Human soluble calcium-activated nucleotidase 1 (hSCAN-1) represents a new family of apyrase enzymes, the Calcium Activated Nucleotidases (CANs), which catalyze the hydrolysis of various di- and tri-nucleotides. Biologically, apyrases are involved in the regulation of extra-cellular purinergic and pyrimidinergic signaling, which associates their functionality with homeostatic processes such as the maintenance of cellular calcium levels. The enhanced expression of hSCAN-1 itself has recently been associated with stress-related processes (e.g. unfolded protein response), as well as specific disease states (e.g. Desbuquois dysplasia, prostate cancer). From a structural and functional perspective, the CANs differ from other well-characterized nucleotide-phosphate-binding enzymes. We have found that they posses a unique phosphate-binding motif, which lacks the common P-loop and is dominated by ionizable residues. Catalytically, they display highly specific calcium dependence, distinct from the cationic promiscuity of the NTPDase apyrase family. Motivated by the initial success in the redesign of hSCAN-1 into a potentially therapeutic anti-coagulant, we are the first to computationally investigate the active site structure, reactivity, and catalytic mechanism of a member from this novel phosphoryl transfer family. Supported by molecular dynamics simulations, we have revealed a highly symmetric, yet previously unrecognized, second calcium-binding site, which is the key to the family's exclusive calcium activation and explains the unusual, experimentally observed, sigmoidal relationship between calcium concentration and hSCAN-1 activity. We present how the ionizable nature of this binding site can account for additional experimental observations: a narrow pH range for optimal hSCAN-1 activity and a moderate enzymatic inhibition in the presence of sodium. Supported by ab initio QM/MM molecular dynamics simulations, we propose a detailed phosphoryl transfer mechanism for hSCAN-1, which relies upon the loose 8-9-fold coordination around this catalytic calcium. This coordination structure includes two protonated ionizable residues, Asp44 and Asp114, that properly orient the nucleophilic water. A third protonated Asp46 donates its proton, through the substrate, to neutralize the bridging oxygen leaving group. In light of our theoretical results and interpretation, we propose specific mutagenesis intended to enhance the rate of nucleotide hydrolysis and combined mutagenesis/kinetics experiments designed to empirically support our findings.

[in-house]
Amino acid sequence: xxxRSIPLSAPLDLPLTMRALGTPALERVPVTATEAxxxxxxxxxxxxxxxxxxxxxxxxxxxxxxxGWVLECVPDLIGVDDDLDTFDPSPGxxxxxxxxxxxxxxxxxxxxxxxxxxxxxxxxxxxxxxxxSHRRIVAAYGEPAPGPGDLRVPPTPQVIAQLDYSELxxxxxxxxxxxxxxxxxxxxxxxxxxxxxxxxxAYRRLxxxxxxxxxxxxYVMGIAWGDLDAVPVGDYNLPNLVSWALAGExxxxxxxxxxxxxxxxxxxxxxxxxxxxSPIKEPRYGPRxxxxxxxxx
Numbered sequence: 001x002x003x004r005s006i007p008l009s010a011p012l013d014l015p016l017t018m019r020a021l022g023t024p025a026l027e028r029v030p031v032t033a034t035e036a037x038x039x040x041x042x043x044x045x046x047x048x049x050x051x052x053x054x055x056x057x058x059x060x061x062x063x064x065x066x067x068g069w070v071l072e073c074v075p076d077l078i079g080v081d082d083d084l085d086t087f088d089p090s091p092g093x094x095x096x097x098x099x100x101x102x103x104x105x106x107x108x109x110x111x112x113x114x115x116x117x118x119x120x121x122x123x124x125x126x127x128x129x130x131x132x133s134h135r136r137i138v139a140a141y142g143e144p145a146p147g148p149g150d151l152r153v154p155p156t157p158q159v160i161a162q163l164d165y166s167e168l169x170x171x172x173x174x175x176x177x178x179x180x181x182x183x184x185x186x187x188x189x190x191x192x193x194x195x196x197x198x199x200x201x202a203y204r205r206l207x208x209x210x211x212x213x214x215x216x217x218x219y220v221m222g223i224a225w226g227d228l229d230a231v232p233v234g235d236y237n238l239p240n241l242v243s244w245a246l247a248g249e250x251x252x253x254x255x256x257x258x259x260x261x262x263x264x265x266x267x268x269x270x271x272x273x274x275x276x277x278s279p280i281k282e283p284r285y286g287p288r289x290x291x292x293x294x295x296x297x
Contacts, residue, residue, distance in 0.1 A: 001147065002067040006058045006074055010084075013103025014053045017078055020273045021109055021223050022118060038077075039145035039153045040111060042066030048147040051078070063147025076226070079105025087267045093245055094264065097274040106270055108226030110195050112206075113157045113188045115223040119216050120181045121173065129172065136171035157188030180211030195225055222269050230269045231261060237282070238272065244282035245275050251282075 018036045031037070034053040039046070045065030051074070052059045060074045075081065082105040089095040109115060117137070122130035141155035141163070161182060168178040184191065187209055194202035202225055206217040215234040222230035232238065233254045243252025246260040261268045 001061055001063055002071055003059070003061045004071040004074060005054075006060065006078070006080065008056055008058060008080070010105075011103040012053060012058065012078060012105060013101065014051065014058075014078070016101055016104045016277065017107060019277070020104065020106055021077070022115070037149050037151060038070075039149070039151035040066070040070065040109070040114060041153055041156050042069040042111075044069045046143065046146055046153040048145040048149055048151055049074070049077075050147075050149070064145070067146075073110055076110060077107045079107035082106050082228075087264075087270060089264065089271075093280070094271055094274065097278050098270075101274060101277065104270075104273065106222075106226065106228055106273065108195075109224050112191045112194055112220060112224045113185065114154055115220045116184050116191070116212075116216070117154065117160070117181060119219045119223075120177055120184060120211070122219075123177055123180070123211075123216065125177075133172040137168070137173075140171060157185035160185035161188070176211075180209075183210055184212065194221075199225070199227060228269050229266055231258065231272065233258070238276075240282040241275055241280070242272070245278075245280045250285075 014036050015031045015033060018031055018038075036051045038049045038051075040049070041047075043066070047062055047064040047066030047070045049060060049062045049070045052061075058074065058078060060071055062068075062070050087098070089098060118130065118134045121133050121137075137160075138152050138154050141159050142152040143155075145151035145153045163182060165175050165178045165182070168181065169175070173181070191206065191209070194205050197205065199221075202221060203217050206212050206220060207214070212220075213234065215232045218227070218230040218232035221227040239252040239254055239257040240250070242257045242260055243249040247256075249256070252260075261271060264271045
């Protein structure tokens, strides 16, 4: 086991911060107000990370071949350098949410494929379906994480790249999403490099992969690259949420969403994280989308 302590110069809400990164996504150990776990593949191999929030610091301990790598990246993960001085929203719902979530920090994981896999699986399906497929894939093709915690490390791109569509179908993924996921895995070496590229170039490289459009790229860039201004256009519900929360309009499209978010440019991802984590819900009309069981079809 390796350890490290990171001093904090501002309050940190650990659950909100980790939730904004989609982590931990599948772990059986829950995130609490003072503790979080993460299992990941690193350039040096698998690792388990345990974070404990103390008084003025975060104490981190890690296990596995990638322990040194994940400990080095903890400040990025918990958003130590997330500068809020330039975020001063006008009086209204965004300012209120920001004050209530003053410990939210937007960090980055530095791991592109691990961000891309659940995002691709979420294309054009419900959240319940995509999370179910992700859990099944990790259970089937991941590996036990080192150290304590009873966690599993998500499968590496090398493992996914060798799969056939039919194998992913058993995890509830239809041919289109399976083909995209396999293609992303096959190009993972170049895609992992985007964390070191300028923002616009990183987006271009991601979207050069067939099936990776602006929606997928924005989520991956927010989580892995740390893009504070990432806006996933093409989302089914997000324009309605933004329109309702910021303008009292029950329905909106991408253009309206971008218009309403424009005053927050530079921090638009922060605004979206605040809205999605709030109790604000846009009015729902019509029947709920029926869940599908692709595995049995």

|Commitee:||Broyde, Suse, Kallenbach, Neville, Mezei, Mihaly, Tuckerman, Mark|
|School:||New York University|
|School Location:||United States -- New York|
|Source:||DAI-B 74/01(E), Dissertation Abstracts International|
|Subjects:||Chemistry, Biochemistry, Biophysics|
|Keywords:||Apyrase, Calcium activated nucleotidases, Hscan-1, Molecular dynamics, Phosphoryl transfer, Qmmm|
Copyright in each Dissertation and Thesis is retained by the author. All Rights Reserved
The supplemental file or files you are about to download were provided to ProQuest by the author as part of a
dissertation or thesis. The supplemental files are provided "AS IS" without warranty. ProQuest is not responsible for the
content, format or impact on the supplemental file(s) on our system. in some cases, the file type may be unknown or
may be a .exe file. We recommend caution as you open such files.
Copyright of the original materials contained in the supplemental file is retained by the author and your access to the
supplemental files is subject to the ProQuest Terms and Conditions of use.
Depending on the size of the file(s) you are downloading, the system may take some time to download them. Please be